One of the toughest things faced by a creative is to get discovered. With regards to creative industries, in my view, talent is only half of the equation. The other half lies in one’s modus operandi. You know, the ‘How’ to achieve the end result.
The creative industries are flooded with talent and sometimes it gets difficult to get noticed. For some they get discovered almost instantly and for some it takes years. It is true that every dog has his day but it does not mean that one should not capitalize on the opportunities that present themselves.
Have you ever noticed how competitions have helped boost some of the most notable of public figures here in Kenya alone? Think Edith Kimani, Linda Nyangweso, Sanaipei Tande, the list is endless. If I was to proceed and give a list of international personalities, I would probably spend half my day compiling the list.
Competitions offer a free platform for a creative to showcase their work; to show the rest of the world that they are worth their salt. Some people tend to shy away from competitions and I do not blame such skeptical approaches. There are instances where people use competition platforms to steal from an unsuspecting audience. However, it is important for a creative to do their homework. Do some research, find out what the competition hopes to achieve. What happens to your creations on submission. The reputation of the organizers and so on and so forth. Then proceed to enter the competition if you are satisfied.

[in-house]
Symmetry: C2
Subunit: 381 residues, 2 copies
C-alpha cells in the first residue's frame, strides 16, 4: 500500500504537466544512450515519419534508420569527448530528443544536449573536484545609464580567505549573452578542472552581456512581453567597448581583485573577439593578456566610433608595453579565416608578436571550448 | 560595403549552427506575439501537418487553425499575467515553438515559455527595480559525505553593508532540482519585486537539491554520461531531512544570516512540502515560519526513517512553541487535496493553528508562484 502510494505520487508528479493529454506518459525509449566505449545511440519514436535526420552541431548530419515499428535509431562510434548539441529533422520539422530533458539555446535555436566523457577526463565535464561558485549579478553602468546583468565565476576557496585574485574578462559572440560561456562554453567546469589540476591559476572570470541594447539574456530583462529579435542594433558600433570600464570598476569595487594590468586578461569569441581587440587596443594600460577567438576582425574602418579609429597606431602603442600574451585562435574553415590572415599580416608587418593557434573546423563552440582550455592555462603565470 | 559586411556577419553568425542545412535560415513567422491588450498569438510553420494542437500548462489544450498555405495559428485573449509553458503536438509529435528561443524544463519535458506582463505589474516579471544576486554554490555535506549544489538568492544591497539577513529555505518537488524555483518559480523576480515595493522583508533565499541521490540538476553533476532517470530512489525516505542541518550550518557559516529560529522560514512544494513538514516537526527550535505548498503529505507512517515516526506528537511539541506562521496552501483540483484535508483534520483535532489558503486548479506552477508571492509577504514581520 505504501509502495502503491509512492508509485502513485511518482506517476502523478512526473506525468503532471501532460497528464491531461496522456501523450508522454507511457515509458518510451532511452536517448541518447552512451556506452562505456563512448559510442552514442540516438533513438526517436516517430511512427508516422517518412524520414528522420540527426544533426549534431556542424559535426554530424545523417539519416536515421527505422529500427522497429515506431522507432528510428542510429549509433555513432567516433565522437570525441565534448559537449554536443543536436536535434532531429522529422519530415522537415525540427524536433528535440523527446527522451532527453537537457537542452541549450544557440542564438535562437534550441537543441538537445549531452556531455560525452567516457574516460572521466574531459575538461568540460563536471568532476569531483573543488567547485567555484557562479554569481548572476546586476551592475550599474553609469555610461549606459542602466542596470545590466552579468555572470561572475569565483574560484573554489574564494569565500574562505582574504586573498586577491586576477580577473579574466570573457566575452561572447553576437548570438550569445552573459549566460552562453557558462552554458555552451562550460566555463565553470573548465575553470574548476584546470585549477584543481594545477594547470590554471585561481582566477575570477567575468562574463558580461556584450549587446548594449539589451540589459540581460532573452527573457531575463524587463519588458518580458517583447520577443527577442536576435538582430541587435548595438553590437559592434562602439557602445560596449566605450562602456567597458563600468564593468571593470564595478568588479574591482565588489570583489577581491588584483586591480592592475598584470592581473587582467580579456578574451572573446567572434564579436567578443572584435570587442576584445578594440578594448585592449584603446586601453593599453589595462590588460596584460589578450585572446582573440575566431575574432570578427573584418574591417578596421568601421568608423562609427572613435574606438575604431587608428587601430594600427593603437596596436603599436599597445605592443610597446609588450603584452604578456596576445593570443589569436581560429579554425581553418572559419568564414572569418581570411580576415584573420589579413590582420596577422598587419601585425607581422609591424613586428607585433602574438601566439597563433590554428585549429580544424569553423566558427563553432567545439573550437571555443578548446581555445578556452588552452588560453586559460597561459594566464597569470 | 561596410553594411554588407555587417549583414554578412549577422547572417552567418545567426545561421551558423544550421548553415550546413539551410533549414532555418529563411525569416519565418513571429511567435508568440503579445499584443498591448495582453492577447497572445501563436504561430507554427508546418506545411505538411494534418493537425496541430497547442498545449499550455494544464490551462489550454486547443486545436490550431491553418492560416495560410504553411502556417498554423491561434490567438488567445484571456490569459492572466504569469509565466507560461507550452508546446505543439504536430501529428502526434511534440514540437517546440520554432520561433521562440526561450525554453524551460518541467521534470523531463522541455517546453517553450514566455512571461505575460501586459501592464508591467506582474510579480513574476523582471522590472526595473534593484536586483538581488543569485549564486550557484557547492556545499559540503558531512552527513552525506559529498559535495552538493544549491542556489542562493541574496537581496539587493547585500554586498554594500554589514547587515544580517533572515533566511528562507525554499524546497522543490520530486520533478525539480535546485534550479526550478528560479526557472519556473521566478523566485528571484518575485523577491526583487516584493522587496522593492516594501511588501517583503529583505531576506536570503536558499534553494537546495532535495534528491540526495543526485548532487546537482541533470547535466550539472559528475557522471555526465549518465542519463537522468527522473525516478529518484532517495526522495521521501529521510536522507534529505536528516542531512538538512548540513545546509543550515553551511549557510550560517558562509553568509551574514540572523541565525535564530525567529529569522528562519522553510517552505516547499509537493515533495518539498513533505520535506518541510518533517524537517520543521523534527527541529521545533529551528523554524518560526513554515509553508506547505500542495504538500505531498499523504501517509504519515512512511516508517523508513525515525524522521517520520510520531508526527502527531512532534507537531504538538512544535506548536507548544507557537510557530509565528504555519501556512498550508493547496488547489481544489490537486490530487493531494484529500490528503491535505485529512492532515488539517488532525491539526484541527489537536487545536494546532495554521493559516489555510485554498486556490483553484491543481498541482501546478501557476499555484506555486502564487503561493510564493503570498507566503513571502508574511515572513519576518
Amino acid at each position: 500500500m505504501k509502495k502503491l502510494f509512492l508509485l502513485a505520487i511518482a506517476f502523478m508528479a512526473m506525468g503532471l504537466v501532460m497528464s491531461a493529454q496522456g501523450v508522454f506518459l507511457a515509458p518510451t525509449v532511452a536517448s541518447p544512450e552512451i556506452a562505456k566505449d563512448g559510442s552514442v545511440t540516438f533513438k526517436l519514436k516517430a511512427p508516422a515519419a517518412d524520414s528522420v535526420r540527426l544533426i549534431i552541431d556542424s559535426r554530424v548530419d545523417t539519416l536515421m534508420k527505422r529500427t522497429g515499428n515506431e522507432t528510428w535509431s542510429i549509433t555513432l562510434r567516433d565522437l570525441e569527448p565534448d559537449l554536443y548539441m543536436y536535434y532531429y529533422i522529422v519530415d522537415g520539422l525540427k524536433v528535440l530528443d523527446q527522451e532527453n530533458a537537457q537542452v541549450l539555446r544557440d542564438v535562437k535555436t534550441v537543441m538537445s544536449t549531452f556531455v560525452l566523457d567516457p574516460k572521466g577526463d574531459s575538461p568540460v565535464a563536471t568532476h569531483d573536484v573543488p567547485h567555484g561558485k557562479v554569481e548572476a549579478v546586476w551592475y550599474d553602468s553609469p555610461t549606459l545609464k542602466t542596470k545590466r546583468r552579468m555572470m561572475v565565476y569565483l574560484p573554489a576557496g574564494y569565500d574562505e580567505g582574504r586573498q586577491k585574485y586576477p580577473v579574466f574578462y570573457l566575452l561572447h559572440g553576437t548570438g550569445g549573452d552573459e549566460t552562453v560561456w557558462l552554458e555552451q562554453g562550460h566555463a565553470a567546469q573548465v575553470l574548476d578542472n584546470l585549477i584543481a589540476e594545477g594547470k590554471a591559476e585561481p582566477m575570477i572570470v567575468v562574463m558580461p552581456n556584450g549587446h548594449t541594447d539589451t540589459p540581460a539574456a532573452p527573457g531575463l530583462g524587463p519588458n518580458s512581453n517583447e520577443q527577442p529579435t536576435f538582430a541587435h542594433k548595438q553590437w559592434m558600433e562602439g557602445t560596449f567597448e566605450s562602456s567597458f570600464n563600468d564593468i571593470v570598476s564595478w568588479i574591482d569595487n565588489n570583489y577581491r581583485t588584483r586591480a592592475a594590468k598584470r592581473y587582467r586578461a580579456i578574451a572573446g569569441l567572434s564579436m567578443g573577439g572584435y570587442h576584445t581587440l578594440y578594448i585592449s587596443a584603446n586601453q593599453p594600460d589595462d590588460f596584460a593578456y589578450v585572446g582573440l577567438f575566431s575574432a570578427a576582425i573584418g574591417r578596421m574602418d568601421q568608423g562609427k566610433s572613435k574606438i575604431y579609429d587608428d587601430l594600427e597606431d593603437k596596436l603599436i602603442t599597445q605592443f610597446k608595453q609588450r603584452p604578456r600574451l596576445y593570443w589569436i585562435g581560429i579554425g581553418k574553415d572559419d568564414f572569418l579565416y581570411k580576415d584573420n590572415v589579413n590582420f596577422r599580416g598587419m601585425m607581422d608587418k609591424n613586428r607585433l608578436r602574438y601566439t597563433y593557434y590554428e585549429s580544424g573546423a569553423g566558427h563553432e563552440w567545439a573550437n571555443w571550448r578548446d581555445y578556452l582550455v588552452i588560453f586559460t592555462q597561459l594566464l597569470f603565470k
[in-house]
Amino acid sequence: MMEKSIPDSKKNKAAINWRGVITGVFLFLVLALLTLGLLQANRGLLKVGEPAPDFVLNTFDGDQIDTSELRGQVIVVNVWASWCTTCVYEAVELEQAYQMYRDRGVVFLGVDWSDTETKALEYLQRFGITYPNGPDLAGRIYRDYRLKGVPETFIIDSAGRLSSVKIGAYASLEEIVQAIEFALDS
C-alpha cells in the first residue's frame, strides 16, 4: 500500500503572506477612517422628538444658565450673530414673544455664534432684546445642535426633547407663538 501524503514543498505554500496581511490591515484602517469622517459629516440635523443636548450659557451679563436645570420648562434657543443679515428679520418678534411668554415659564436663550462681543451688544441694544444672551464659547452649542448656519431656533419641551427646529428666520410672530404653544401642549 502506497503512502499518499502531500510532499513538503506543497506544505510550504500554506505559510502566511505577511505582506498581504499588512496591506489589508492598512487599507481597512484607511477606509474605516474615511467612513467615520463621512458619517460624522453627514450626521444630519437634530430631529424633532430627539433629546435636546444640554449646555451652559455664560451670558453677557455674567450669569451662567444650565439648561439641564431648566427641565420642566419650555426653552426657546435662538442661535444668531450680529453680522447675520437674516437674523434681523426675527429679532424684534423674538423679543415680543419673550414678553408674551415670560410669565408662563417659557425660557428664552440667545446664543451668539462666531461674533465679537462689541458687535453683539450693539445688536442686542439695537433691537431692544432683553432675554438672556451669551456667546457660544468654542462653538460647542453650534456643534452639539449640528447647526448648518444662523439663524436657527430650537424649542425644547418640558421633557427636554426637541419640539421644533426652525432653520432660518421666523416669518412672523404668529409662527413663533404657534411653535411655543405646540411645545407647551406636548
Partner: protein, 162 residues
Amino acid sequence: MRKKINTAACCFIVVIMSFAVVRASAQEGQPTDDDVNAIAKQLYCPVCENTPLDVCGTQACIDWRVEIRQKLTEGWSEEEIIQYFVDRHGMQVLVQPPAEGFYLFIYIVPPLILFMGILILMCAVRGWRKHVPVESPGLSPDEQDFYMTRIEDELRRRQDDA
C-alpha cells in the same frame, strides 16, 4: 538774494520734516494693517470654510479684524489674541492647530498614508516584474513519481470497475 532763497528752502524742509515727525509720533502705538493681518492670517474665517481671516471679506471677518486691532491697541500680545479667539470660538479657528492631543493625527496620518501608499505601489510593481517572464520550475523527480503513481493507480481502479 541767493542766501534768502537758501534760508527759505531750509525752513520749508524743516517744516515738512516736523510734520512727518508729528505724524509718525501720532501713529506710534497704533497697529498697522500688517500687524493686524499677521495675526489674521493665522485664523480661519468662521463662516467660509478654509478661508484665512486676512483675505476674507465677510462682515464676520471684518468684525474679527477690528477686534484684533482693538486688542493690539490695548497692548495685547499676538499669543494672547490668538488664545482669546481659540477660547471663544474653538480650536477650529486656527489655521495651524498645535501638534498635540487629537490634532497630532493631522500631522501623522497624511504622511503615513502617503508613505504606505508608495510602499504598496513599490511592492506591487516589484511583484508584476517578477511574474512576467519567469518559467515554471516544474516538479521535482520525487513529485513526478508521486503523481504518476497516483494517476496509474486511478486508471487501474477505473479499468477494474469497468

There are times where some creatives are blurred by shortsightedness and refrain from competitions because of terms and conditions like the intellectual property will belong to the company among other possibly unwelcoming clauses. Here is the thing though, cleverness entails the ability to weigh and project the long term effect such an opportunity it can have in your career. I call it the gift of foresight. You are a creative. You are likely to draw more inspiration to do more paintings that what you did for your submission, or a write more stories, poetry or a songs. If you are in the business of creating, you are highly unlikely to get stuck after one experience that did not go as you anticipated.
If a competition gives you a platform to an audience that you did not have access to or probably would never have access to, grab it and run with it. Some of us are beneficiaries of such competitions and what you do thereafter is up to you. Winning isn’t everything you know, you could make a submission and it opens doors to the unimaginable. Think of competitions as a possible business model you can adapt as a creative. A competition could lead to your works being featured in an anthology and without spending a dime, you are a published writer, or your painting or photograph showcased in an art gallery or exhibition. Some of these competitions may not be explicit in the goals but you must do your research to know and weigh your options. And whatever the end result, be armed with legal counsel to guide the process.
You know the slogan, “You win some, you lose some”. At the end of the day, it is better to try than not to try at all and have the ‘what if’ linger in your mind.
Next time you see a competition and it speaks to your abilities, give it a chance and try your luck. Hadithi za Gibebe is currently accepting stories. Tell your story if you love to write, you never know.